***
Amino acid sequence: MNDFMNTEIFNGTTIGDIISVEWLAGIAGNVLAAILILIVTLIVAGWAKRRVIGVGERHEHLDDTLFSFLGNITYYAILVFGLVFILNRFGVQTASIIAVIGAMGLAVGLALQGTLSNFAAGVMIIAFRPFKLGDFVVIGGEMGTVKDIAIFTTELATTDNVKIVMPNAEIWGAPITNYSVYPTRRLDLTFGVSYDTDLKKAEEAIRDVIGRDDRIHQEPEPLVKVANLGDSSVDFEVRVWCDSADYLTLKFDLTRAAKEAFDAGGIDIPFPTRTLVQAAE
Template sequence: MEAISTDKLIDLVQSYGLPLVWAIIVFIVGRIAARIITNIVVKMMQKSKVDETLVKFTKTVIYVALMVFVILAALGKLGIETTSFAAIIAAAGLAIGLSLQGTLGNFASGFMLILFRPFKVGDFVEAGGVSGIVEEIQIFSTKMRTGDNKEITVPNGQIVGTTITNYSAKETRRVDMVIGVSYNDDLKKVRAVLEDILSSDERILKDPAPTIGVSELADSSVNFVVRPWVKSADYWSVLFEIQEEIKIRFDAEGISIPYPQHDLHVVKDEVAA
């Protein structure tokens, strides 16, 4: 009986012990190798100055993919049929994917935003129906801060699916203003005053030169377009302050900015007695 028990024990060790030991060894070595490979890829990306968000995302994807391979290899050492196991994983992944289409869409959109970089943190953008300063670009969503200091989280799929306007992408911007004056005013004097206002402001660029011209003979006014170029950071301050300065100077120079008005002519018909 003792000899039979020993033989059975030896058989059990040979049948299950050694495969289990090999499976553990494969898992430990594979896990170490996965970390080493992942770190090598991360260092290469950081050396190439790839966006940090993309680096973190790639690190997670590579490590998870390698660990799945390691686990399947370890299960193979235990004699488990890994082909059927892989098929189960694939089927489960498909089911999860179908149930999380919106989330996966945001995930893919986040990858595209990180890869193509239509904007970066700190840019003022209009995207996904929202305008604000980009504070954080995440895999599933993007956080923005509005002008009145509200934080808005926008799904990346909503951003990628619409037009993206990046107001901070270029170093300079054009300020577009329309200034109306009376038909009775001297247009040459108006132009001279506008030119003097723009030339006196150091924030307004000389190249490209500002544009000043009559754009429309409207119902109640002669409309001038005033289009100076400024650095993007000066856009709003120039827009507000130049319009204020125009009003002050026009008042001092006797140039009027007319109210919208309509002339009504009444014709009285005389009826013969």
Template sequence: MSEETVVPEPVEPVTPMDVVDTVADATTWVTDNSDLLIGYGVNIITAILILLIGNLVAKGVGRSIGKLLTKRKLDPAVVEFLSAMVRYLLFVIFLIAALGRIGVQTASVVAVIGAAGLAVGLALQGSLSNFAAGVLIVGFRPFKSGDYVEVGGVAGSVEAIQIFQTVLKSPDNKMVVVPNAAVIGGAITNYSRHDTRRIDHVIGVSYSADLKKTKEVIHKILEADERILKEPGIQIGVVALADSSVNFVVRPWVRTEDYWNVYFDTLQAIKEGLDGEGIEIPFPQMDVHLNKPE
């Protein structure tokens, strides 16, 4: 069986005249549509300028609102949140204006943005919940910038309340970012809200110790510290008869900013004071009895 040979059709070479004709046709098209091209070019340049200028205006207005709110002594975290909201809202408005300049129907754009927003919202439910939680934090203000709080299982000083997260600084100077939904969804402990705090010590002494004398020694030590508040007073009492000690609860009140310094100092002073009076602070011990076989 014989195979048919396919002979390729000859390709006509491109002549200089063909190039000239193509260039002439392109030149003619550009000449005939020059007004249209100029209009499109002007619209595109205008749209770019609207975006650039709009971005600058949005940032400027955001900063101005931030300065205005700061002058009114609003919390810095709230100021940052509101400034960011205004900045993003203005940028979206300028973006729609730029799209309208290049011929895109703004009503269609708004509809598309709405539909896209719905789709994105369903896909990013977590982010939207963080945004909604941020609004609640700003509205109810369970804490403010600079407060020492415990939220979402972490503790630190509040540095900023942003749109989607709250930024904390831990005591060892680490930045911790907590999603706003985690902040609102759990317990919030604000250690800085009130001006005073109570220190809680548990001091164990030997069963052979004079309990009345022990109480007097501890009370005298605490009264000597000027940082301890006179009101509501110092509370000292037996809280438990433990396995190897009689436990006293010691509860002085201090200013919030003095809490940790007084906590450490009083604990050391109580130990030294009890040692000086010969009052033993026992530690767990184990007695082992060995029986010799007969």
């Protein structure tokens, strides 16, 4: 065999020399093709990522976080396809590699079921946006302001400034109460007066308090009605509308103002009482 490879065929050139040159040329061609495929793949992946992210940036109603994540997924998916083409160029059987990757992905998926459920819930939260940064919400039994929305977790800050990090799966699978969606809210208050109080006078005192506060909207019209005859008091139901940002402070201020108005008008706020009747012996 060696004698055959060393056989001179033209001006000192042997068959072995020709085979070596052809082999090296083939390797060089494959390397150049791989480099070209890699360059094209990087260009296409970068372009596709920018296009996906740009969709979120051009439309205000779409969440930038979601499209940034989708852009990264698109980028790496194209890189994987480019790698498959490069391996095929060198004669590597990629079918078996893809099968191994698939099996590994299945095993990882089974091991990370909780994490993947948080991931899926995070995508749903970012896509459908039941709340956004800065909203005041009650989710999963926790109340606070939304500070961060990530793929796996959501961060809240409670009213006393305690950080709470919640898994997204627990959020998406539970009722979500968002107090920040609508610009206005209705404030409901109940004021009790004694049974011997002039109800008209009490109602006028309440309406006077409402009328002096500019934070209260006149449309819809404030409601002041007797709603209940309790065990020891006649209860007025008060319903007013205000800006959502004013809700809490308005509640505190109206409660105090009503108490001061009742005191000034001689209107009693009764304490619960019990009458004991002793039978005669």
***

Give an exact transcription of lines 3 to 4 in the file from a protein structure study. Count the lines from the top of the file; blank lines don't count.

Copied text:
């Protein structure tokens, strides 16, 4: 009986012990190798100055993919049929994917935003129906801060699916203003005053030169377009302050900015007695 028990024990060790030991060894070595490979890829990306968000995302994807391979290899050492196991994983992944289409869409959109970089943190953008300063670009969503200091989280799929306007992408911007004056005013004097206002402001660029011209003979006014170029950071301050300065100077120079008005002519018909 003792000899039979020993033989059975030896058989059990040979049948299950050694495969289990090999499976553990494969898992430990594979896990170490996965970390080493992942770190090598991360260092290469950081050396190439790839966006940090993309680096973190790639690190997670590579490590998870390698660990799945390691686990399947370890299960193979235990004699488990890994082909059927892989098929189960694939089927489960498909089911999860179908149930999380919106989330996966945001995930893919986040990858595209990180890869193509239509904007970066700190840019003022209009995207996904929202305008604000980009504070954080995440895999599933993007956080923005509005002008009145509200934080808005926008799904990346909503951003990628619409037009993206990046107001901070270029170093300079054009300020577009329309200034109306009376038909009775001297247009040459108006132009001279506008030119003097723009030339006196150091924030307004000389190249490209500002544009000043009559754009429309409207119902109640002669409309001038005033289009100076400024650095993007000066856009709003120039827009507000130049319009204020125009009003002050026009008042001092006797140039009027007319109210919208309509002339009504009444014709009285005389009826013969």
Template sequence: MSEETVVPEPVEPVTPMDVVDTVADATTWVTDNSDLLIGYGVNIITAILILLIGNLVAKGVGRSIGKLLTKRKLDPAVVEFLSAMVRYLLFVIFLIAALGRIGVQTASVVAVIGAAGLAVGLALQGSLSNFAAGVLIVGFRPFKSGDYVEVGGVAGSVEAIQIFQTVLKSPDNKMVVVPNAAVIGGAITNYSRHDTRRIDHVIGVSYSADLKKTKEVIHKILEADERILKEPGIQIGVVALADSSVNFVVRPWVRTEDYWNVYFDTLQAIKEGLDGEGIEIPFPQMDVHLNKPE